chapter  9
18 Pages

Dorothy E. Smith: Report and Repression: Textual Hazards for Feminists in the Academy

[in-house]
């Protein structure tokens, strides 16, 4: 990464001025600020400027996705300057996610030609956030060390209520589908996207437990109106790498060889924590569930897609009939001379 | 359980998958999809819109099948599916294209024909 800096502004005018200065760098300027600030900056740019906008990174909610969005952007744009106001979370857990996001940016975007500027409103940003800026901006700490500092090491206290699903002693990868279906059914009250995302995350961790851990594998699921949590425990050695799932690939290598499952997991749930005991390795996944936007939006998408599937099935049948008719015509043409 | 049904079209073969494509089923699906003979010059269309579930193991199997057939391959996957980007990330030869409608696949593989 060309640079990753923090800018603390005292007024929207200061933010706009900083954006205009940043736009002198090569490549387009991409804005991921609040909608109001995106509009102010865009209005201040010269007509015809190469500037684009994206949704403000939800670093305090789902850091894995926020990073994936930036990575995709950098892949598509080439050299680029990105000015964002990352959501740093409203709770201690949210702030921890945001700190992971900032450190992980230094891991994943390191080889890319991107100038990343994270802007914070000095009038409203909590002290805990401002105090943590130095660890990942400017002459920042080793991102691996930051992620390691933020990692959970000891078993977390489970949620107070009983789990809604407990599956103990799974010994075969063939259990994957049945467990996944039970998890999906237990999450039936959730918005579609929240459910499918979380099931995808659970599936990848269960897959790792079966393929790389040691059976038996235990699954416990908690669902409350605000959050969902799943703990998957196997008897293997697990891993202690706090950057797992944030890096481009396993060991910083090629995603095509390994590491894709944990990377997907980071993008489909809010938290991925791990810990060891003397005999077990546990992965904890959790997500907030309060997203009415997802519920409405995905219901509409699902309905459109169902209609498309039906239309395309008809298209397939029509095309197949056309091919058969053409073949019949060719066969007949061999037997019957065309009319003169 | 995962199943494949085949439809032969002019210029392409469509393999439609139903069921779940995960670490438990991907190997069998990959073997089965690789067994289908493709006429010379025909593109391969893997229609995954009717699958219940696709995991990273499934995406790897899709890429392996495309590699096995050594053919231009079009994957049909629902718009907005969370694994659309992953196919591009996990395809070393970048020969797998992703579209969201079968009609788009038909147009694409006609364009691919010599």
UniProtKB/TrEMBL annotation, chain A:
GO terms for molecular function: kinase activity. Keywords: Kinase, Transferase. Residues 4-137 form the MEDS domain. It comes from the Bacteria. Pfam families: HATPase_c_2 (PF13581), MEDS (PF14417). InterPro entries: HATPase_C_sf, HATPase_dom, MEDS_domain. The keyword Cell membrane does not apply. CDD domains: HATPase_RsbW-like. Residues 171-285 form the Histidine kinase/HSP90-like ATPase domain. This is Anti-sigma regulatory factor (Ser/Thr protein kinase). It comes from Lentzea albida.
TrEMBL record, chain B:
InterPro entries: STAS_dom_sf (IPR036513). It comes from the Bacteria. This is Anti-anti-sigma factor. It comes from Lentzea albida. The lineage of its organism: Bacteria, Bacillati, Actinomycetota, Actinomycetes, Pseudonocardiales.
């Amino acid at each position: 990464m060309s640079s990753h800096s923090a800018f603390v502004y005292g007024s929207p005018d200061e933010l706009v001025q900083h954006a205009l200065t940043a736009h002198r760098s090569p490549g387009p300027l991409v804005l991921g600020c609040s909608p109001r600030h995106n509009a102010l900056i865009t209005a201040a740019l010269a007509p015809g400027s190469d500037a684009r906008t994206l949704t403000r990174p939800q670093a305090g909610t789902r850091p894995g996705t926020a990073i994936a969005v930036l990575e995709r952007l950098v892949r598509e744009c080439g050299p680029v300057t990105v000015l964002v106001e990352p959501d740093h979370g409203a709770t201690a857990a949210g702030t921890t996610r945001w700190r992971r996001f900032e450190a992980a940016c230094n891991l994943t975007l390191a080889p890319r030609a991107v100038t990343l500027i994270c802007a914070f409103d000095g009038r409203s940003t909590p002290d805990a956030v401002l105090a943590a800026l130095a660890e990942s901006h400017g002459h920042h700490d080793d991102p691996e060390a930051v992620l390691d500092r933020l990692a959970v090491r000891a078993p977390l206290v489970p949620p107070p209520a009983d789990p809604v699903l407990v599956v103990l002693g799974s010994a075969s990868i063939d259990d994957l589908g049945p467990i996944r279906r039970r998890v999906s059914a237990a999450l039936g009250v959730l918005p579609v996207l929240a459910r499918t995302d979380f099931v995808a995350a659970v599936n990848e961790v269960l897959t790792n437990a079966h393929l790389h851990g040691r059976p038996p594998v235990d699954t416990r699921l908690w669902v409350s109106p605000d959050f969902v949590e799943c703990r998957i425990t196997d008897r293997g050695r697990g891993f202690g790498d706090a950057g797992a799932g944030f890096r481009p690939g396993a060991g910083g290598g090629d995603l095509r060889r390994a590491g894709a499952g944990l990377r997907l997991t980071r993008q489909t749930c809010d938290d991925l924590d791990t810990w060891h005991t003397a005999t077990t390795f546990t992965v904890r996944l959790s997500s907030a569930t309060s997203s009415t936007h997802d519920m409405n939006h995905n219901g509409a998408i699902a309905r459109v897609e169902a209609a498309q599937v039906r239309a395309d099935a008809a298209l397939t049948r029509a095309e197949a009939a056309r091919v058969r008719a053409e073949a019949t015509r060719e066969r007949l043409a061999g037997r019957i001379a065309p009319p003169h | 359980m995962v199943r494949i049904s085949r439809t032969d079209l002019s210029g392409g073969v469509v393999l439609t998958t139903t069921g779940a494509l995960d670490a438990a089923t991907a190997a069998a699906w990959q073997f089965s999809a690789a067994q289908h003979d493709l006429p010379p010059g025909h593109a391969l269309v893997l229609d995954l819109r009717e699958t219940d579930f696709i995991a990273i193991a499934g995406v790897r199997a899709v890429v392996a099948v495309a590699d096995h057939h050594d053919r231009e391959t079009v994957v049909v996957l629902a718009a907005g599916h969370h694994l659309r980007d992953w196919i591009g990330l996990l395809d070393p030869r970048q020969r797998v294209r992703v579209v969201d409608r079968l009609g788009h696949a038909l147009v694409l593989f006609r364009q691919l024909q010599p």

This paper addresses the interaction of two texts at a juncture between two discourses: a feminist discourse critical of the academy, epitomized in the concept of a 'chilly climate' for women; and a juridical discourse, extending a quasi-legal language into the institutional setting of the academy and, in this instance, deployed by male faculty to force the withdrawal of a critical feminist review of their department. 1 These two texts are a sequence, the first a report, written by a committee chaired by Professor Somer Brodribb, a junior faculty member in the Department of Political Science at the University of Victoria and addressed to that Department; the second a letter from eight male tenured faculty members of the same department demanding from the junior faculty member an apology for and retraction of certain aspects of the report that they held to have impugned their reputations. These two texts opened debates and controversies, reviews and reports, and were fed into formal and informal networks in the academic community, in the women's movement in Canada and beyond, in networks among political scientists in Canada, and, very rapidly, into the discourses of the public sphere: news media, newspaper columns, and so forth.